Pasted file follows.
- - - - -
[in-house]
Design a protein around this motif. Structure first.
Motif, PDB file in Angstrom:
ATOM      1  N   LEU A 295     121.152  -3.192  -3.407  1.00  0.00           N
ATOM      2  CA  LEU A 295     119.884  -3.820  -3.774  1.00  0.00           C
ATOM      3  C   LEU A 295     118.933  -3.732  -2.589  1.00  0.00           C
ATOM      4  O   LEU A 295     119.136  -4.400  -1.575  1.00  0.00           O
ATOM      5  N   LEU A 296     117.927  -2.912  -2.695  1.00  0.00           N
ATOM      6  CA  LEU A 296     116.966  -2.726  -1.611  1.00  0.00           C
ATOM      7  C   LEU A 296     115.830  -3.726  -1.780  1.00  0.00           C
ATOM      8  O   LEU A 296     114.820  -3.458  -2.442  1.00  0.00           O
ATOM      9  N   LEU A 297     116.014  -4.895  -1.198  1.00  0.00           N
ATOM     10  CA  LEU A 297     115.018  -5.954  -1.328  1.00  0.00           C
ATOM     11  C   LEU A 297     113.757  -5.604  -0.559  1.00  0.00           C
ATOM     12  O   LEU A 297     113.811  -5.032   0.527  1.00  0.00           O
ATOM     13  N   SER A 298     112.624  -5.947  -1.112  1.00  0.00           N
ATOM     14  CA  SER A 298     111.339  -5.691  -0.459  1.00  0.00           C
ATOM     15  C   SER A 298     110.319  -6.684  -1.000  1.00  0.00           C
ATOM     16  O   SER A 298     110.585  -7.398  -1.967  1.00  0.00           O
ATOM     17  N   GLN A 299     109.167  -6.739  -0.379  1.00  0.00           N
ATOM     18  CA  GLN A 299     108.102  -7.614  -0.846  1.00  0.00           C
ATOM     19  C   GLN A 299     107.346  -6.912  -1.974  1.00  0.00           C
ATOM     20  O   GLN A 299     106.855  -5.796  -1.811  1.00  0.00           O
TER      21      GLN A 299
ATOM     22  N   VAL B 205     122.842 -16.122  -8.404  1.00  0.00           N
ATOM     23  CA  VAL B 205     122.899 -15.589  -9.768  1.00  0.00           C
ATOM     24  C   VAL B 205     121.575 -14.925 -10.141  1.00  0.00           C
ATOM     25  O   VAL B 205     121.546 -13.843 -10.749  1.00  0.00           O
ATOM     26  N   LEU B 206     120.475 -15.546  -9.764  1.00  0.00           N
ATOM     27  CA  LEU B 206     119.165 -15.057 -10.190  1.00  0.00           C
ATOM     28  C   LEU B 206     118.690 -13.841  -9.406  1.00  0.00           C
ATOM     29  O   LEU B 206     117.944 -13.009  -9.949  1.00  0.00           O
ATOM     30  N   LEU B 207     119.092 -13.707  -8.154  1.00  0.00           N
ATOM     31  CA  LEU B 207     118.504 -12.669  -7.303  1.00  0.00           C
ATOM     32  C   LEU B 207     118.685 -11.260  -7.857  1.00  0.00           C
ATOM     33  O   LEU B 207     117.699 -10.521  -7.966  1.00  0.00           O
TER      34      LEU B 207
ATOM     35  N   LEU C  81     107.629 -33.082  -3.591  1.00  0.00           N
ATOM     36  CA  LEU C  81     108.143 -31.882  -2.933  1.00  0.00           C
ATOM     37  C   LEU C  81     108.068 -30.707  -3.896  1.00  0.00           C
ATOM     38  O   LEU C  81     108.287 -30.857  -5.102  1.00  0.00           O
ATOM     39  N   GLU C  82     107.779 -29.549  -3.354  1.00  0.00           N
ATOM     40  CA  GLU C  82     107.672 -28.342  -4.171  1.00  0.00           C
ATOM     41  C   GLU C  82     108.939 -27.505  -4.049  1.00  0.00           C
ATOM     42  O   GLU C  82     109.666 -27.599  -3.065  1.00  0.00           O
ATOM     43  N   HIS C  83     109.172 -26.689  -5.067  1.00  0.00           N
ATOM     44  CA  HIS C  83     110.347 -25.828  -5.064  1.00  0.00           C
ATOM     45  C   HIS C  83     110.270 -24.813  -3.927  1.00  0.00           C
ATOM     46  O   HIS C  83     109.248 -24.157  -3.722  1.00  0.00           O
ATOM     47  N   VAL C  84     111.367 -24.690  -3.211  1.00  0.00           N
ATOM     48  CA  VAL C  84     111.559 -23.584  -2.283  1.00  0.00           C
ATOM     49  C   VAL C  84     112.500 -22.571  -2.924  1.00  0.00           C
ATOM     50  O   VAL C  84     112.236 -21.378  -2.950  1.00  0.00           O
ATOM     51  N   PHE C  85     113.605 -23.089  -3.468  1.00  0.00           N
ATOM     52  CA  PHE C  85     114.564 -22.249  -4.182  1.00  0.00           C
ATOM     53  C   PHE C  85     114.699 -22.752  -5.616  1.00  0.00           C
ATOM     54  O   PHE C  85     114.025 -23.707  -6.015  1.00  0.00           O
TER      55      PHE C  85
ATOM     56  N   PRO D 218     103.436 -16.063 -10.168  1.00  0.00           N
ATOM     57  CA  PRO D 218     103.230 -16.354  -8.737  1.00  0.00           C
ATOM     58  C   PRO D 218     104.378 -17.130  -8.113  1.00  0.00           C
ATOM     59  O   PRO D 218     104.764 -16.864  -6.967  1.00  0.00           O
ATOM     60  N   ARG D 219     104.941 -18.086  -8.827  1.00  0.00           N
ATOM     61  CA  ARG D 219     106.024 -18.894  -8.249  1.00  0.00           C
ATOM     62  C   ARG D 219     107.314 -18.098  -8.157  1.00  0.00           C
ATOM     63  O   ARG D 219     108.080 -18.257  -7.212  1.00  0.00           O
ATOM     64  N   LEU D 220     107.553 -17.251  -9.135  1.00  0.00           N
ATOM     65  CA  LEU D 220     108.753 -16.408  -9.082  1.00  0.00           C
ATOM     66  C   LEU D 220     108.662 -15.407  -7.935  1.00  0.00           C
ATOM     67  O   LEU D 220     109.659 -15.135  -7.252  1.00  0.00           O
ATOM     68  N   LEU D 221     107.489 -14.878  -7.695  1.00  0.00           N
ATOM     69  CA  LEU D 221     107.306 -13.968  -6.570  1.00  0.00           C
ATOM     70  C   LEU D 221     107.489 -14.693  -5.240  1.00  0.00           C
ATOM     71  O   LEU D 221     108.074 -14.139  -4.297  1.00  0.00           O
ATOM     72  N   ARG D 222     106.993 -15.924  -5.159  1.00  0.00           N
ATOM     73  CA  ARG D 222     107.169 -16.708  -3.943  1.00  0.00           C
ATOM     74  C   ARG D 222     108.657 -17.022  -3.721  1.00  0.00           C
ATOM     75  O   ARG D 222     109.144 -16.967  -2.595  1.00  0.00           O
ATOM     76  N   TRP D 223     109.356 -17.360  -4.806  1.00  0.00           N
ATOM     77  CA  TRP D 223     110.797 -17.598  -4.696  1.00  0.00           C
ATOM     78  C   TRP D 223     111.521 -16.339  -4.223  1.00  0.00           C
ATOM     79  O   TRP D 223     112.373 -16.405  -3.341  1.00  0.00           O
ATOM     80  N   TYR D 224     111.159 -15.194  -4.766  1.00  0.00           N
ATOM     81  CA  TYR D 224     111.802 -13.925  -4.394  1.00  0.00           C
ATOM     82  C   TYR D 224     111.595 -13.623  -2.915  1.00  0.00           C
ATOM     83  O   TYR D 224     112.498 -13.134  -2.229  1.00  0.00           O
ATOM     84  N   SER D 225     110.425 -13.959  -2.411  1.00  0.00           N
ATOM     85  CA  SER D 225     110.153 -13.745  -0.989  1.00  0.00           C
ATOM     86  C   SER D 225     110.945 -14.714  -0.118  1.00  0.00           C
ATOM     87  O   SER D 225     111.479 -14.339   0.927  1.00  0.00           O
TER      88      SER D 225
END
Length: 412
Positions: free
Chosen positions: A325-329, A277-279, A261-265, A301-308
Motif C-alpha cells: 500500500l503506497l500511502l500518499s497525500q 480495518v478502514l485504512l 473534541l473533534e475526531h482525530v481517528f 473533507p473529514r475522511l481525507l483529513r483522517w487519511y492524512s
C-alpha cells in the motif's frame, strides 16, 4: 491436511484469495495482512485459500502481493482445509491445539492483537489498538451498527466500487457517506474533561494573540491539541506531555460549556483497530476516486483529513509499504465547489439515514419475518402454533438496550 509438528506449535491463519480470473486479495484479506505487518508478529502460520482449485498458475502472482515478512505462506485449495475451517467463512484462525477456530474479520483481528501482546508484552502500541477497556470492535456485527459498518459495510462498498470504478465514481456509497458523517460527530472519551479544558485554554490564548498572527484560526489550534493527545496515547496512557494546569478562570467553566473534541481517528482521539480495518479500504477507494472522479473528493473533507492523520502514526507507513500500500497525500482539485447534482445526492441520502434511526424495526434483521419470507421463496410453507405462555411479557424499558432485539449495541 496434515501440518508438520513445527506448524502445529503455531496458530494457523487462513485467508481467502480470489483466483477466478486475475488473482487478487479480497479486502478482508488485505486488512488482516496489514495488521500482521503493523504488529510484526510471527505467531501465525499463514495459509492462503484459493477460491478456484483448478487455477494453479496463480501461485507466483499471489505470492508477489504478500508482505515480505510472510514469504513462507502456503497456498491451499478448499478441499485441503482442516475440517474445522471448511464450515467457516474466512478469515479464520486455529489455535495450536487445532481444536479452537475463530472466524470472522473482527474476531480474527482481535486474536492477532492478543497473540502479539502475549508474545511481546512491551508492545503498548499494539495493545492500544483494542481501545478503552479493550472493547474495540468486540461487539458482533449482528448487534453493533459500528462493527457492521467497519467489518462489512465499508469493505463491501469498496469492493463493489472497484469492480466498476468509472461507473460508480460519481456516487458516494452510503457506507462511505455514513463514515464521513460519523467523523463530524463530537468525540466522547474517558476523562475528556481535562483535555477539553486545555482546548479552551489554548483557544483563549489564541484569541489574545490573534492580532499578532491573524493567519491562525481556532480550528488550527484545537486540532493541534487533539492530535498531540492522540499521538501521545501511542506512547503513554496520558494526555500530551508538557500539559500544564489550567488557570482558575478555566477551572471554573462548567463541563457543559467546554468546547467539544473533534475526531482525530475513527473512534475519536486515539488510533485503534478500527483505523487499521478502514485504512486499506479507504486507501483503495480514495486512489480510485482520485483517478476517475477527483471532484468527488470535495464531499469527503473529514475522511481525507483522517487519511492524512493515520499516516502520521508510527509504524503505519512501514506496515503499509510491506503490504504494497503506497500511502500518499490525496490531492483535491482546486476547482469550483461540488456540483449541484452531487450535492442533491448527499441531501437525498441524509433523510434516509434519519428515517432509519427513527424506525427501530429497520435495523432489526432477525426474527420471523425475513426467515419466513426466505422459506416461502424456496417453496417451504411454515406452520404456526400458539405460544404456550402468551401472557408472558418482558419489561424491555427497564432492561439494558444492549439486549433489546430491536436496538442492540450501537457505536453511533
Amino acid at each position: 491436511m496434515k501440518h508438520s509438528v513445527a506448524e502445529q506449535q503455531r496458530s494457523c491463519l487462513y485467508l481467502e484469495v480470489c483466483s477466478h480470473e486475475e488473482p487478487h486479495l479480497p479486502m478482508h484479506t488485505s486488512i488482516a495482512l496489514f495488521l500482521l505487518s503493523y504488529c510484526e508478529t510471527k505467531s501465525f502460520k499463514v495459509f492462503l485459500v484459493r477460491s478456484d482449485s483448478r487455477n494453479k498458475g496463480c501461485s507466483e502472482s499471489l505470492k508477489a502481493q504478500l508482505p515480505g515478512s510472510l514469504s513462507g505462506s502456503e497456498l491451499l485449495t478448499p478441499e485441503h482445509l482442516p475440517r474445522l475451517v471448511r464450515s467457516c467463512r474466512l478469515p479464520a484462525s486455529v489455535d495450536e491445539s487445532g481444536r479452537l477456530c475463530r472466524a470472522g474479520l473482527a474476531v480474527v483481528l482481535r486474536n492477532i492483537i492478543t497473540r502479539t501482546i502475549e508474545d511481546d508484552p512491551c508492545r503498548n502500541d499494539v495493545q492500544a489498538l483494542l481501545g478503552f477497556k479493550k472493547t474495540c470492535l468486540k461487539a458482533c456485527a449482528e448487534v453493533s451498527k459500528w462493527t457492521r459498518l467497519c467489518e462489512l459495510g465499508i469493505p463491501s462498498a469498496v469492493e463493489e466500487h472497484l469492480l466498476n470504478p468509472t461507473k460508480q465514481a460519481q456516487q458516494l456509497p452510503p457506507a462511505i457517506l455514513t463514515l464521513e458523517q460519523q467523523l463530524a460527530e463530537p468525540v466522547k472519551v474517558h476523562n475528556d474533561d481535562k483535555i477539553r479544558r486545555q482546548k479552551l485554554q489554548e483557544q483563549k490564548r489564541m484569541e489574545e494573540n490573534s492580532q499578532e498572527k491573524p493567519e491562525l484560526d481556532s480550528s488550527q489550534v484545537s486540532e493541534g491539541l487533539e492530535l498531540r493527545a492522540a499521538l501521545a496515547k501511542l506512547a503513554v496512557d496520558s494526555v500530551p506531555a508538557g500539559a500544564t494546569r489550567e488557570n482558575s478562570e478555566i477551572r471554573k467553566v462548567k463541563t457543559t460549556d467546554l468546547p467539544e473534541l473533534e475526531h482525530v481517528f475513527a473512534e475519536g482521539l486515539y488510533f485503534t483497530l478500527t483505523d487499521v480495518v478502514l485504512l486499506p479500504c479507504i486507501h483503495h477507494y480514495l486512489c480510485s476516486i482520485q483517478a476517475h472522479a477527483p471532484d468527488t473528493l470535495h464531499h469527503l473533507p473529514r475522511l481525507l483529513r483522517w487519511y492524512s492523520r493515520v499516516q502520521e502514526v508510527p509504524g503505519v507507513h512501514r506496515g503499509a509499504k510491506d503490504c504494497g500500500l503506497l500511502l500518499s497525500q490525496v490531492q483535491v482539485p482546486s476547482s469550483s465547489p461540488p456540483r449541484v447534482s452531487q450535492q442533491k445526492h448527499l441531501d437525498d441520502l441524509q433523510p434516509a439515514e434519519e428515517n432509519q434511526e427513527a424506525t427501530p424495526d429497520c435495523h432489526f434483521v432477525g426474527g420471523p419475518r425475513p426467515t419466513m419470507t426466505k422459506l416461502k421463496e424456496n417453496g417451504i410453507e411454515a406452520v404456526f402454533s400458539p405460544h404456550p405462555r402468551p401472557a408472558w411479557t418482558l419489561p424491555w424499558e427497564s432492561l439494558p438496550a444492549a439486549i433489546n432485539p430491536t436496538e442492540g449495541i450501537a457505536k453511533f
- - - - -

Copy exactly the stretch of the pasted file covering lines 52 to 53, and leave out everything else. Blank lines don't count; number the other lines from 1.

ATOM     49  C   VAL C  84     112.500 -22.571  -2.924  1.00  0.00           C
ATOM     50  O   VAL C  84     112.236 -21.378  -2.950  1.00  0.00           O